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Coke and The Coking Plant...
Start of a new series on the steel industry. Steel making part 1.
I have been wanting to write some steel mill related stuff but hadn’t been able to figure out where to get started. I decided to kick this off with a description of coke and the coking plant since these facilities are part of the steel making process but aren’t really mentioned much. This post will be a shorter post and will have more images than mansplinations than normal as the coke process is fairly straight forward to explain and would be better understood through images, plus coke plants are kinda dramatic and make for some really cool pics.
Essentially, there are two ways of making steel:
recycling old steel by melting melting scrap steel and iron and then casting new billets, blooms, or slabs and then rolling the new billets, blooms, and slabs into whatever products the mill produces.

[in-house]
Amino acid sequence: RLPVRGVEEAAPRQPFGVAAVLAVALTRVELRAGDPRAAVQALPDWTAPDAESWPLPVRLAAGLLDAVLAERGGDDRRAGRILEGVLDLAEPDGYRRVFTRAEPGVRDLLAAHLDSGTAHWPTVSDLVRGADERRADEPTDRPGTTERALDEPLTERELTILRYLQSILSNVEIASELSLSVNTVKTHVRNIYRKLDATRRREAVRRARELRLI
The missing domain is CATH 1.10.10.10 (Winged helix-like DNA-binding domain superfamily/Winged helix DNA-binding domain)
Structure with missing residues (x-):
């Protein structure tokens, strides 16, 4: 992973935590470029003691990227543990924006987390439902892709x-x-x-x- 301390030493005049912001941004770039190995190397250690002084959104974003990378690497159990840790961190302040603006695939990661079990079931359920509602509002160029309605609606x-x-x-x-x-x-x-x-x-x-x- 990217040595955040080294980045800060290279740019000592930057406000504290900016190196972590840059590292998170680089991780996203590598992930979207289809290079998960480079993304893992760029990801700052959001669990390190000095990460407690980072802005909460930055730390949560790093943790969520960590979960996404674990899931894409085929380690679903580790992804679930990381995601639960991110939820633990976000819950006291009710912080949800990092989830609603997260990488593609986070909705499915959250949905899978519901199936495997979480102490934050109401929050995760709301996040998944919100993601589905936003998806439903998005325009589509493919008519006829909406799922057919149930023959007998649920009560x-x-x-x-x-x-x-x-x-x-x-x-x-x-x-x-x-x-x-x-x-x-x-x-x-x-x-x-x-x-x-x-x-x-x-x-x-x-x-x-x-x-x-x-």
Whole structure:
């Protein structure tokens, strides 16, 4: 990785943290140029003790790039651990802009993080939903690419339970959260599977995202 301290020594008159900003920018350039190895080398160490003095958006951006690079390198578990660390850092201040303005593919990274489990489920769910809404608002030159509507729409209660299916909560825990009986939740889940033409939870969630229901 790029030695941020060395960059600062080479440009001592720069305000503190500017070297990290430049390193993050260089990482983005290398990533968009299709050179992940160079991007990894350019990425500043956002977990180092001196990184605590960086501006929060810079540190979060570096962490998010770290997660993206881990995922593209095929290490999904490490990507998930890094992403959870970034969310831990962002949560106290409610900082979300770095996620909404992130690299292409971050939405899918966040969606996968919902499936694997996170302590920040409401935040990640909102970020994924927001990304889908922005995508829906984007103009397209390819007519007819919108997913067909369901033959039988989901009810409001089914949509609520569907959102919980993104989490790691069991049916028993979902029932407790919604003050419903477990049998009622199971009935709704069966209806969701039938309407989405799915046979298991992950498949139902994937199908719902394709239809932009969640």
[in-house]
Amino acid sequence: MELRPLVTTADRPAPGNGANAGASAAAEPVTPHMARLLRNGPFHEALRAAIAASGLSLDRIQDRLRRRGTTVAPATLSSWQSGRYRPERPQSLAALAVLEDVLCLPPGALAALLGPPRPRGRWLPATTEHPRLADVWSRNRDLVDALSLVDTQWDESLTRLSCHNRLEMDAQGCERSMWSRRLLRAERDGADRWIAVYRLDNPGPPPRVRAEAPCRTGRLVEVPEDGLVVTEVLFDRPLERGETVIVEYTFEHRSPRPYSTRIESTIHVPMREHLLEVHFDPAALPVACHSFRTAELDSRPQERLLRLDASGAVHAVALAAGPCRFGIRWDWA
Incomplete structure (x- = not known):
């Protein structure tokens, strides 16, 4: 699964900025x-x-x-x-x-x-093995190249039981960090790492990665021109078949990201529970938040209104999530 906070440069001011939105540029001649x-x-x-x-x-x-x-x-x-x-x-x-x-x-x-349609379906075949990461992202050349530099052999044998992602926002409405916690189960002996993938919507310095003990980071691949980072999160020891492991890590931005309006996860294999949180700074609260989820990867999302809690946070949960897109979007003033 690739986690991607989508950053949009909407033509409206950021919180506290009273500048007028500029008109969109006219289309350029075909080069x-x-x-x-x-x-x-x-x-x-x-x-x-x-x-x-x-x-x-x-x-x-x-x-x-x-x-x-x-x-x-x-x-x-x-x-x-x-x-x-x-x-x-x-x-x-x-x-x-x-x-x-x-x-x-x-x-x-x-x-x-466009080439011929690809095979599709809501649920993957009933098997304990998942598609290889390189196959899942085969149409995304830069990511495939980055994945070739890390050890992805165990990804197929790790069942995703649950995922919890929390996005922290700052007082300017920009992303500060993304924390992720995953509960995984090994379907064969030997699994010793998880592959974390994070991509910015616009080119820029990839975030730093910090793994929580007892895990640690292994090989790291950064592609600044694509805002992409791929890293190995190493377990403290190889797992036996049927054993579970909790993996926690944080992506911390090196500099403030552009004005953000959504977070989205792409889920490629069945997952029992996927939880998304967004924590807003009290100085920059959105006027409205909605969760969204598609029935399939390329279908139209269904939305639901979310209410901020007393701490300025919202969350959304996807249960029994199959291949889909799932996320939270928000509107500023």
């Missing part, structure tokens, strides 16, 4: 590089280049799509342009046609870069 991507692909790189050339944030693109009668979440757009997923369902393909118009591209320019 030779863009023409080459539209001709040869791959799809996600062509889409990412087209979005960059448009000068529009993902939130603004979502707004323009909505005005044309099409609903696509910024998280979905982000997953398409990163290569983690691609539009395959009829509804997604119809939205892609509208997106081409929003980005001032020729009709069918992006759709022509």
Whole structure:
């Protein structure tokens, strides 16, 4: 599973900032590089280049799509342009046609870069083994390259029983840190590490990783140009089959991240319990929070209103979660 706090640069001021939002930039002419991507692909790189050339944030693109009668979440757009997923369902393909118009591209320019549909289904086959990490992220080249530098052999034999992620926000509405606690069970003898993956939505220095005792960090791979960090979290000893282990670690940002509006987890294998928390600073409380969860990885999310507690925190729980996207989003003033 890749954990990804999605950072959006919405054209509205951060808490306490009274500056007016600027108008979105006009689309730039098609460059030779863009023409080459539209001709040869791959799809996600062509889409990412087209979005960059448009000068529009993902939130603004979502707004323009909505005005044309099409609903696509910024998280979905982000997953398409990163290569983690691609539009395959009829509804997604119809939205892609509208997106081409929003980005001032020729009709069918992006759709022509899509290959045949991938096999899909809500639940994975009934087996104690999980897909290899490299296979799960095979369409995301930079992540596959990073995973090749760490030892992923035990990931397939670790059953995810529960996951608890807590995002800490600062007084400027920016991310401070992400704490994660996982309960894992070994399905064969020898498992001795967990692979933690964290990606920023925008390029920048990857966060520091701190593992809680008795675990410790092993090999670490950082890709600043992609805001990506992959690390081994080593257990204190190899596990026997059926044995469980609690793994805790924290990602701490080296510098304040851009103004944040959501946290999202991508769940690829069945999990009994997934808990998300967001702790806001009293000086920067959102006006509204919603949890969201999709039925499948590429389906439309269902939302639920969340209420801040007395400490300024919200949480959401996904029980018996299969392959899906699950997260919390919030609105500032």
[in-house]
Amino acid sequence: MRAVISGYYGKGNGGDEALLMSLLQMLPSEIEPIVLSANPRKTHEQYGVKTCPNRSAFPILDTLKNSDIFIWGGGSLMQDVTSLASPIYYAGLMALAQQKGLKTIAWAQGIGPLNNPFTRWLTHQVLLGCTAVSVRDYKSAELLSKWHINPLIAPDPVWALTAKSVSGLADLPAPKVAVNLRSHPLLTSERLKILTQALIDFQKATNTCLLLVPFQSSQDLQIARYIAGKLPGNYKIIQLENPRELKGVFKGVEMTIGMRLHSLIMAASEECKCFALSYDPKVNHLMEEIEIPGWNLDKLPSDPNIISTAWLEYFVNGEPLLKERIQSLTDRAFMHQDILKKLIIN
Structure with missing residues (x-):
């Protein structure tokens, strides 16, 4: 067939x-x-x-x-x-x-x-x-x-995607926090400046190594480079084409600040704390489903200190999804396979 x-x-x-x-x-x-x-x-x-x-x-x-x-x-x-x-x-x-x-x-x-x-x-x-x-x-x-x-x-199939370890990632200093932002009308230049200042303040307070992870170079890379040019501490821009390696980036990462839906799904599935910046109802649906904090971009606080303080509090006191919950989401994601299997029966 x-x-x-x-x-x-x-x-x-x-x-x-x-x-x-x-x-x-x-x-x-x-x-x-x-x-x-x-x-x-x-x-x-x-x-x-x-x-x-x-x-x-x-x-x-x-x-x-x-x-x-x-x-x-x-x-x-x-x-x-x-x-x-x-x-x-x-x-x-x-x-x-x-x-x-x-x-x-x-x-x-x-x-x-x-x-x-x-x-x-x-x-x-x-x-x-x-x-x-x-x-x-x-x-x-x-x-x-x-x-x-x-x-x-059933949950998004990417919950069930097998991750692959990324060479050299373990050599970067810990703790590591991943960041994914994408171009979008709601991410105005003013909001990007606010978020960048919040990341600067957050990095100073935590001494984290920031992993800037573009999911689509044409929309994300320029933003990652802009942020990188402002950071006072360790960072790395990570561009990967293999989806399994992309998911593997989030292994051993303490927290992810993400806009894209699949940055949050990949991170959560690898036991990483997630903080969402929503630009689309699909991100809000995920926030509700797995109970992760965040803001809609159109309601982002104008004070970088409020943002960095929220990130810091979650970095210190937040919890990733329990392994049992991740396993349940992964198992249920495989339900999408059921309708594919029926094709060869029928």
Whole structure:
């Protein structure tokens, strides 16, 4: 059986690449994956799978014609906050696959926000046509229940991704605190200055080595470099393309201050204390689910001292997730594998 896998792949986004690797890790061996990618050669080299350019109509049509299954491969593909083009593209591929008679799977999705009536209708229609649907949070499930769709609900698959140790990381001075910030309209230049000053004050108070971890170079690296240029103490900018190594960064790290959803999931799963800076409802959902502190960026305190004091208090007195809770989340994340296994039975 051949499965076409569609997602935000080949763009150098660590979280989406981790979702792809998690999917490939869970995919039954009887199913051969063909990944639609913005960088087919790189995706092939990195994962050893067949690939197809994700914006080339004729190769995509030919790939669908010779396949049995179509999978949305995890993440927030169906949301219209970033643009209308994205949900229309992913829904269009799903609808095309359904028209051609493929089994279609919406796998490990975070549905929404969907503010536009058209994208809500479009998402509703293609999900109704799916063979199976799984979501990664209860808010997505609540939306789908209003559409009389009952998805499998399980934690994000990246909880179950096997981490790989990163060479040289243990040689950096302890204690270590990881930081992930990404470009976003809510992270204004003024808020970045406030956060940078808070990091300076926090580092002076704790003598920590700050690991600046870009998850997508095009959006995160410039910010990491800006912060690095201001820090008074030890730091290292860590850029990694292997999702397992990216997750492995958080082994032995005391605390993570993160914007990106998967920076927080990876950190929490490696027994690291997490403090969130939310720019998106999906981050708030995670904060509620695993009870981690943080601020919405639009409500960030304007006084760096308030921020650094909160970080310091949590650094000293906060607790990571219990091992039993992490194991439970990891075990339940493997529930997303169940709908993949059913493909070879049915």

producing new steel by converting iron ore into pig iron in a blast furnace and then creating new steel in a Basic Oxygen Furnace by adding scrap iron and steel to molten pig iron and then casting the liquid steel into ingots, which later get rolled into a product.
The first method is pretty much how it is done now and is accomplished in what is called a “mini-mill”. These mini-mills use electric arc furnaces to melt scrap iron and scrap steel in 100 ton batches, which is then cast and rolled into a finished product. They typically only produce one or two products per plant at time. This is the way steel is mostly made now and is incredibly efficient and productive. These mills are relatively compact and have the ability to be started and stopped in fairly easy way.